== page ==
The first release of the GNOME 2.21.x series. This opens the development cycle for what will become the stable GNOME 2.22.x release.
This is the first update to GNOME 2.20.0. The update fixes all known and unknown crashers, even for those modules which haven't released a new version (AKA gnome-terminal). The next development release contains all crashers ported from 2.20. The release team wants your tarballs on November 10 23:59 UTC, although you could release your tarball earlier as well. The next stable release will be 2.20.2. The tarballs for that release need to be delivered to our lovely window before November 26 23:59 UTC.
"GNOME 2.20 is the latest version of the GNOME Desktop: a popular, multi-platform desktop environment. GNOME's focus is ease of use, stability, and first class internationalization and accessibility support. Based on Free and Open Source Software, GNOME provides all of the common tools computer users expect of a modern computing environment, as well as a flexible and powerful platform for software developers."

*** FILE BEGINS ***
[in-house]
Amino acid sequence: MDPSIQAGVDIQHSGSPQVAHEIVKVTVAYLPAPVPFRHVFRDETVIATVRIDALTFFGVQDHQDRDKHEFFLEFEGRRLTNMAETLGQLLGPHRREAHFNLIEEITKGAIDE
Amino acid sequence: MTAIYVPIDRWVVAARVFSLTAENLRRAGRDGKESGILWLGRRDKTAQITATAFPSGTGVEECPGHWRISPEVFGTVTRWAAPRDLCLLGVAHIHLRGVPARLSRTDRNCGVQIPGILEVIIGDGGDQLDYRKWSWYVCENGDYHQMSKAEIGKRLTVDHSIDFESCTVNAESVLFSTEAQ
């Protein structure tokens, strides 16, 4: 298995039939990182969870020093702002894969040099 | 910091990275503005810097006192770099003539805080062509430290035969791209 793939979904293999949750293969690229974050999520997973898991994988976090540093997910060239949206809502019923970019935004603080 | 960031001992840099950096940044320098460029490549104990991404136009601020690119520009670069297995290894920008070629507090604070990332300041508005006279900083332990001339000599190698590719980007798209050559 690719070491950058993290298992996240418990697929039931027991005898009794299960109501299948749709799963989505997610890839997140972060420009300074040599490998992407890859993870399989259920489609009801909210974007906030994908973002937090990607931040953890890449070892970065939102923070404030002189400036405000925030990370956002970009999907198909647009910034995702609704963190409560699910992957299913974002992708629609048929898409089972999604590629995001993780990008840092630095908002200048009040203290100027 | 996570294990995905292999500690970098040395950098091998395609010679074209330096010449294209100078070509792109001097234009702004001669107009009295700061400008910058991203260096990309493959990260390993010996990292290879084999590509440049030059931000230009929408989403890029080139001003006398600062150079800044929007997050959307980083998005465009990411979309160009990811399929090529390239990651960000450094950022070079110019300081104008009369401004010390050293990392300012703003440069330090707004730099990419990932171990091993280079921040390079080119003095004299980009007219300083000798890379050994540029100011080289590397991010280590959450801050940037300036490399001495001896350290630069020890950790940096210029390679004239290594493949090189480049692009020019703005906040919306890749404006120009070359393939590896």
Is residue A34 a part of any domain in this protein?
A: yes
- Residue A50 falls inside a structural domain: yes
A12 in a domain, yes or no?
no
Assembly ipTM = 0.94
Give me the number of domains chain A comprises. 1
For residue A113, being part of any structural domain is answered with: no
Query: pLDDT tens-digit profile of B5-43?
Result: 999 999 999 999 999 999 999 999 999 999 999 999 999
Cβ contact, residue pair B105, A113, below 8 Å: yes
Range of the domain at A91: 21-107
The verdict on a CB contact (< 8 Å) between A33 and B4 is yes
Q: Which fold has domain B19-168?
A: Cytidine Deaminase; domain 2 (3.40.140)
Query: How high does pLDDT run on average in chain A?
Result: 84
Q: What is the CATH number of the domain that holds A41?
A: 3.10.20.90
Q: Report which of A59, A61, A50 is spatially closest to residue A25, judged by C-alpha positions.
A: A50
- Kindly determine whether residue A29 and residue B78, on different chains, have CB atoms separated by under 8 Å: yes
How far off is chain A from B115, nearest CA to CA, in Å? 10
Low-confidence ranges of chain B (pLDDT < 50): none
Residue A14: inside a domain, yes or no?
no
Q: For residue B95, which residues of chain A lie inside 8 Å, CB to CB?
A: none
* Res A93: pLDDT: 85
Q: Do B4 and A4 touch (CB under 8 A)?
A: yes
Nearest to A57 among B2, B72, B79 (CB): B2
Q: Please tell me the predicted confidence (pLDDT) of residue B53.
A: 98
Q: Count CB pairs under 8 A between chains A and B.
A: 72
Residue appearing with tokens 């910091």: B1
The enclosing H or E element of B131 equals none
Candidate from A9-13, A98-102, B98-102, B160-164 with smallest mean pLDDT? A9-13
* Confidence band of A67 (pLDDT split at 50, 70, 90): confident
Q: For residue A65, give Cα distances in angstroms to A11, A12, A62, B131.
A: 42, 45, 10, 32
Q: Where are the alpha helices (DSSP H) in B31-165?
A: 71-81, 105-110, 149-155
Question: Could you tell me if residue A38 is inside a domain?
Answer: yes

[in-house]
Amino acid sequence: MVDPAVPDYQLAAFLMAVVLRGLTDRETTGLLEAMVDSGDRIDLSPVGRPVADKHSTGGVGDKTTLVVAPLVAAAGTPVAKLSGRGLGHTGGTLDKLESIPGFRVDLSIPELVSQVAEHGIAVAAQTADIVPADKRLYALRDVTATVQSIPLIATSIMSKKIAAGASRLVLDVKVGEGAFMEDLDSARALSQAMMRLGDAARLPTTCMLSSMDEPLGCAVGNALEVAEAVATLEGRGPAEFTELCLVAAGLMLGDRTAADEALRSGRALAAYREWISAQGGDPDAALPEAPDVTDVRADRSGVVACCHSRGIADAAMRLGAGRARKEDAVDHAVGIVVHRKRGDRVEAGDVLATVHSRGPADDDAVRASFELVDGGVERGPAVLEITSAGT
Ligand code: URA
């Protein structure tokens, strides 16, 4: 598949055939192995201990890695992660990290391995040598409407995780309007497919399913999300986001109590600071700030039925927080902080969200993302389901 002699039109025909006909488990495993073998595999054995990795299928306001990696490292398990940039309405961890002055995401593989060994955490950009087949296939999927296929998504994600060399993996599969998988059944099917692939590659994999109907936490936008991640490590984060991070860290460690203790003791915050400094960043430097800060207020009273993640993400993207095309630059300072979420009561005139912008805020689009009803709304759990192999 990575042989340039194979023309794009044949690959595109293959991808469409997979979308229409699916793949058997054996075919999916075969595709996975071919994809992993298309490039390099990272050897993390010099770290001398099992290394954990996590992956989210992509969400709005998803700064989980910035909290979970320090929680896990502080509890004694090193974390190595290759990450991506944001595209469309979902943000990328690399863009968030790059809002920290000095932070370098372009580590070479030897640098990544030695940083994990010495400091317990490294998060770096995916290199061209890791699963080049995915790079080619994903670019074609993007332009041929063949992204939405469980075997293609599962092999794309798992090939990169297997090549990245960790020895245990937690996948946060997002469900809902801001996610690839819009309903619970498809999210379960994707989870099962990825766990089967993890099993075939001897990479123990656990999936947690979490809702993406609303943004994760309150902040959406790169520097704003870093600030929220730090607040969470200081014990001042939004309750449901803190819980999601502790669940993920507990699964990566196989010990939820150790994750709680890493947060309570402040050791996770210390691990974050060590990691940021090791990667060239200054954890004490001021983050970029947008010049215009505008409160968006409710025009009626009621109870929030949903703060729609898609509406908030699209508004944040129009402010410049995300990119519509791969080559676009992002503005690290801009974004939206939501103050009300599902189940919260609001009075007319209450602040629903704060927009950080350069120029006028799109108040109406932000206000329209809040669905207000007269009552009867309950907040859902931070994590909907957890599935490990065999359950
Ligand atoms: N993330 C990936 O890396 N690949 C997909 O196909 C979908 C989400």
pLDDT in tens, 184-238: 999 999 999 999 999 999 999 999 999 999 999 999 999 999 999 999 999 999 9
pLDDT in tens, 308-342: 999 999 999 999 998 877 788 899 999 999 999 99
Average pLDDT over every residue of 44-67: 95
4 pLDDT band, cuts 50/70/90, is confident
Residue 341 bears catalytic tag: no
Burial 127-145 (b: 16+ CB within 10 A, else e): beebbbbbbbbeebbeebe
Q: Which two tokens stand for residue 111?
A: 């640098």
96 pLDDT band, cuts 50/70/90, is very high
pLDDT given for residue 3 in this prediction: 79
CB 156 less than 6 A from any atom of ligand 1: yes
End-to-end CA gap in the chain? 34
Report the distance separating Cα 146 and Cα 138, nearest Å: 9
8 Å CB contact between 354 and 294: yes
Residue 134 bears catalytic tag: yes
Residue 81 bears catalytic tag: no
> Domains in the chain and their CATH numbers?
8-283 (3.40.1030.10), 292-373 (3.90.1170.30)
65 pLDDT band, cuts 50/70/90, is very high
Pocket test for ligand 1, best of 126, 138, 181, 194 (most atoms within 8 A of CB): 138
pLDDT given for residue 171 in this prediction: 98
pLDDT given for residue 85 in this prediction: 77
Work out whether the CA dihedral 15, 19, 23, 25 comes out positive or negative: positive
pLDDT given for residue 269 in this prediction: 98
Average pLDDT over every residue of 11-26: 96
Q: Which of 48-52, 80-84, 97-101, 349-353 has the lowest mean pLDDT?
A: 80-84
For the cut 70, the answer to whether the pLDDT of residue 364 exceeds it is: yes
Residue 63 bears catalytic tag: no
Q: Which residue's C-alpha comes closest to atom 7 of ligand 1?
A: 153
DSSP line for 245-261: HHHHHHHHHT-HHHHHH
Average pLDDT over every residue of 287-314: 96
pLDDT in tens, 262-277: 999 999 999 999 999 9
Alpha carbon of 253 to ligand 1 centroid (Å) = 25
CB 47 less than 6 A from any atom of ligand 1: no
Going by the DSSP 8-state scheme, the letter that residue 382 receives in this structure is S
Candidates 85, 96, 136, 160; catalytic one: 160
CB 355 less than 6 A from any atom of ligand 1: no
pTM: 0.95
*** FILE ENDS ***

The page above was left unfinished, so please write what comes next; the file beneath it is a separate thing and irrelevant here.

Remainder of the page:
Over at LifeHacker is a top 10 listing the various ways you can tweak Nautilus and the Gnome desktop to turn Linux into a productivity powerhouse.
"This is our seventh development release on our road towards GNOME 2.20.0, which will be released in September 2007. New features are still arriving, so your mission is simple : Go download it. Go compile it. Go test it. And go hack on it, document it, translate it, fix it."
"We want to develop a free and complete set of user friendly applications and desktop tools, similar to CDE and KDE but based entirely on free software." Those were the opening lines of Miguel De Icaza's email announcing the GNU Network Object Model Environment, better known as GNOME, exactly (in my timezone) ten years ago, on 15th August 1997.
"This is our sixth development release on our road towards GNOME 2.20.0, which will be released in September 2007. New features are still arriving, so your mission is simple : Go download it. Go compile it. Go test it. And go hack on it, document it, translate it, fix it."
"Linus Torvalds' patch is in Metacity 2.19.8, an unstable release of Metacity. Hopefully it will stay around. Apparently the release is mostly about cleaning up RTL (right to left text) support. I guess that's good for those who go by Hebrew or Arabic. Still, Linus' patch for configuration of titlebar actions is what makes this release an eye-catcher because of what happened earlier this year."